Rotating the second end 182 of the adjustment mechanism 180 causes the first end 181 to be rotatably inserted into (or rotated out of) the threaded opening 137 along its threaded shaft 183. The first position of the first end of the shockabsorber subassembly 110, more specifically the terminal end 122 of the plunger shaft 120 at the first end 111 of the shock absorber assembly 110, is determined by the degree to which the second end 182 of the adjustment mechanism 180 is rotated. Thatis, as the second end 182 of the adjustment mechanism 180 is rotated, the first end 181 of the adjustment mechanism 180 engages the second end 119b of the rod 119, and pushes the rod 119, and thus the entire shock absorber subassembly 110, further beyondthe first end 131 of the housing 130. Since the second end 119b of the rod 119 remains engaged with the first end 181 of the adjustment mechanism 180, subsequent movement of the entire shock absorber subassembly 110 toward the second end 132 of thehousing 130 is limited so that the terminal end 122 of the plunger shaft 120 is adjustably set in its predetermined first position. In that manner, only the portions of the shock absorber subassembly 110 that are designated to move, relative to thehousing 130 and the rod 119, back toward the second end 132 of the housing 130 during a door closing stroke to effectuate the damping function can do so.

The adjustment/determination of the first distance between the terminal end 122 of the plunger shaft 120 of the shock absorber subassembly 110 and the first end 131 of the housing 130, which corresponds to the first position of the first end 111of the shock absorber subassembly 110, can be made by rotating the adjustment mechanism 180 as needed to account for different damping speeds and different sized/weighted cabinets doors, as described above in connection with FIGS. 1-3.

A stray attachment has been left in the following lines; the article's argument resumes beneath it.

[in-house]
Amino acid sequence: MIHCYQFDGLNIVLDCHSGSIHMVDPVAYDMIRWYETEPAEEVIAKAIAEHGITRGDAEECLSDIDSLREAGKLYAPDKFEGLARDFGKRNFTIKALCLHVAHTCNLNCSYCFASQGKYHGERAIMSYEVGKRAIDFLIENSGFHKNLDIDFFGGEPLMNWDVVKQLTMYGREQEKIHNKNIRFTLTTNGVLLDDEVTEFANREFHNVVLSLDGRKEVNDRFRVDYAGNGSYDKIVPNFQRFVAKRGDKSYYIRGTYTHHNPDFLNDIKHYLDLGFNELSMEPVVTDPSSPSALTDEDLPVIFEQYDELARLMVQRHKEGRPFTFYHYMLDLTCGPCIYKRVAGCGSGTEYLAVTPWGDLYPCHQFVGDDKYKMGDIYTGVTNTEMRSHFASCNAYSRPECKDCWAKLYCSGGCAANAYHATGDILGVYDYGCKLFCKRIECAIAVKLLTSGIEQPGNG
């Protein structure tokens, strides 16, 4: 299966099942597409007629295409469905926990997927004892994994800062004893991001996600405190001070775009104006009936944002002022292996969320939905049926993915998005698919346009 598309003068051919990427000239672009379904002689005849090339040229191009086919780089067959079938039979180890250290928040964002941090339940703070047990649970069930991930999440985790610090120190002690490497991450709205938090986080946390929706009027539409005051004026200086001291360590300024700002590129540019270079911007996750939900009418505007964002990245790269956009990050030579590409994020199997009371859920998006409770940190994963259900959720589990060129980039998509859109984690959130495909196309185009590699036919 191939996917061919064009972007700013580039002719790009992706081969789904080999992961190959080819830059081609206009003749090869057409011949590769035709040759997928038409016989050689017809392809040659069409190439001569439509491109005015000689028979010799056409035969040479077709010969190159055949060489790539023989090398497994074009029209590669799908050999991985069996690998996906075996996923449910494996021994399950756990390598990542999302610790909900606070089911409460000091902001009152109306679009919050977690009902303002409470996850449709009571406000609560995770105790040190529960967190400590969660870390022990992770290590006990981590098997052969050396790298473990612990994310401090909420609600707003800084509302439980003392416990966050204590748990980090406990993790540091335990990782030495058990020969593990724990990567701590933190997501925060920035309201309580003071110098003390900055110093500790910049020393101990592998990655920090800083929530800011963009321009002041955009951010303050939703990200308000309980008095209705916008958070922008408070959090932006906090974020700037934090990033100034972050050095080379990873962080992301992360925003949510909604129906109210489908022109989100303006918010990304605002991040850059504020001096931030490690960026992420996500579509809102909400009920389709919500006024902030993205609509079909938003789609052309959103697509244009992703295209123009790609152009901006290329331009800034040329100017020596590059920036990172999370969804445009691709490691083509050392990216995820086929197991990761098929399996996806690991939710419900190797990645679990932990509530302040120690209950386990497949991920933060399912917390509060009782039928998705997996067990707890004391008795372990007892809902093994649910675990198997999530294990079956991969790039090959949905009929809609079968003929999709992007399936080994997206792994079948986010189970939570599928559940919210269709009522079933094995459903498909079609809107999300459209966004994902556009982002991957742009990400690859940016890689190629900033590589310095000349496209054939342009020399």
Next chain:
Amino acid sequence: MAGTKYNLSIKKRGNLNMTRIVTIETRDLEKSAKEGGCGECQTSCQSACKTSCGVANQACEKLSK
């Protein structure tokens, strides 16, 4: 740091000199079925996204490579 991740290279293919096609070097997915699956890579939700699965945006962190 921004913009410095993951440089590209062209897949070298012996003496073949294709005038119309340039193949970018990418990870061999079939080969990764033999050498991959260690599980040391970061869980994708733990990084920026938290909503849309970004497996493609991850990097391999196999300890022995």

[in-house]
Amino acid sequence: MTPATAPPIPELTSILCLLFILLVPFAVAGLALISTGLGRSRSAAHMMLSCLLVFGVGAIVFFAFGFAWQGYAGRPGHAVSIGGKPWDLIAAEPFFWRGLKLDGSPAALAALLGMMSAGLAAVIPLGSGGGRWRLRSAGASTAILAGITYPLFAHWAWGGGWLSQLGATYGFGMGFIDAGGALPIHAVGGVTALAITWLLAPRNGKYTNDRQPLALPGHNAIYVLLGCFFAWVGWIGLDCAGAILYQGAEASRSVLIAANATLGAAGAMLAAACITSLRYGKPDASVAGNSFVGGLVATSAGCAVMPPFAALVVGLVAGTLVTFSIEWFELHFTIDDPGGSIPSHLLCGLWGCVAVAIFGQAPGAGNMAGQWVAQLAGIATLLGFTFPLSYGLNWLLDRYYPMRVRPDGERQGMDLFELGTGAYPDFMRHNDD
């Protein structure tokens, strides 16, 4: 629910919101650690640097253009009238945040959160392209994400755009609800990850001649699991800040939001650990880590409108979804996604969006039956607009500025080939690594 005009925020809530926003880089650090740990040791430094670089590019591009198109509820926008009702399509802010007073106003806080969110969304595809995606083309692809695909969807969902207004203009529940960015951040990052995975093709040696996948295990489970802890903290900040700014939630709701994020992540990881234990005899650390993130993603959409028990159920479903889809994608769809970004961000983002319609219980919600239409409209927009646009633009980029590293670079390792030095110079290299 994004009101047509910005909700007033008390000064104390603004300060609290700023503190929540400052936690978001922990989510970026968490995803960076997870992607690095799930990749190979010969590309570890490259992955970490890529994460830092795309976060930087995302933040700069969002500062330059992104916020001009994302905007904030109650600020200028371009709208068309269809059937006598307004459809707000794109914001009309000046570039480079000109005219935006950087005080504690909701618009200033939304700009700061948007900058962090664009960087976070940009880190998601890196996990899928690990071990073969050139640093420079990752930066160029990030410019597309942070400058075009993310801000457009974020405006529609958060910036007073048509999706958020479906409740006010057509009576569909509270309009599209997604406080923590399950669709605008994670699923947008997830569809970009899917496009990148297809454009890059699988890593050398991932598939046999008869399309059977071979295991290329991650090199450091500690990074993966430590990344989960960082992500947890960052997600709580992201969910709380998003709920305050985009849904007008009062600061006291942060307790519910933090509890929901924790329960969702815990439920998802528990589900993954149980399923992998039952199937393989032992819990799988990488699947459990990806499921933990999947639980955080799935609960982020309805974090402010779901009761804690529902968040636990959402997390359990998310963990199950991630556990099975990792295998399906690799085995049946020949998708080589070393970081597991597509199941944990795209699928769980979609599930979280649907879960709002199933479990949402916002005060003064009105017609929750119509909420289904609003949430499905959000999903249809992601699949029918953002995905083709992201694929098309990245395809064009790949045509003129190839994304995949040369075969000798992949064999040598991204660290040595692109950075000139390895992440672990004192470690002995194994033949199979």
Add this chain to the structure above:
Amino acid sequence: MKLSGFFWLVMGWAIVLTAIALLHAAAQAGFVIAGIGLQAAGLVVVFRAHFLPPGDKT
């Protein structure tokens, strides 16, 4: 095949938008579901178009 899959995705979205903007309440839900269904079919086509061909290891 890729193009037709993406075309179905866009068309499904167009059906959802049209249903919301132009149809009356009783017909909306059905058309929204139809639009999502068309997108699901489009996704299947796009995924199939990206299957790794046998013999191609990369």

When the cabinet door 22 is open, the terminal end 122 of the plunger shaft 120 at the first end 111 of the shock absorber subassembly 110 is in the first position, as shown, for example, in FIGS. 5, 7A, 7B and 9. A closing stroke, e.g., in thedirection toward the housing 130 applies force to the terminal end 122 of the plunger shaft 120 and causes the bias member or spring 113 to compress, which it resists by virtue of its bias, and which aids in damping the force of the stroke. Thecompression of the bias member 113 as the plunger shaft 120 moves into the housing 130 causes damping fluid present in the shock absorber subassembly 110 to flow at a controlled rate toward the second end 123 of the plunger shaft 120 through the dampingstructure 114, and any bubbles which may be present in the damping fluid are removed via the sponge member portion thereof. The speed at which the plunger shaft 120 slides into the housing member 130 is therefore controlled, and as a result, controlsthe speed at which the door surface approaches the faces 21c of the cabinet housing to dampen the overall force of the door's closing stroke.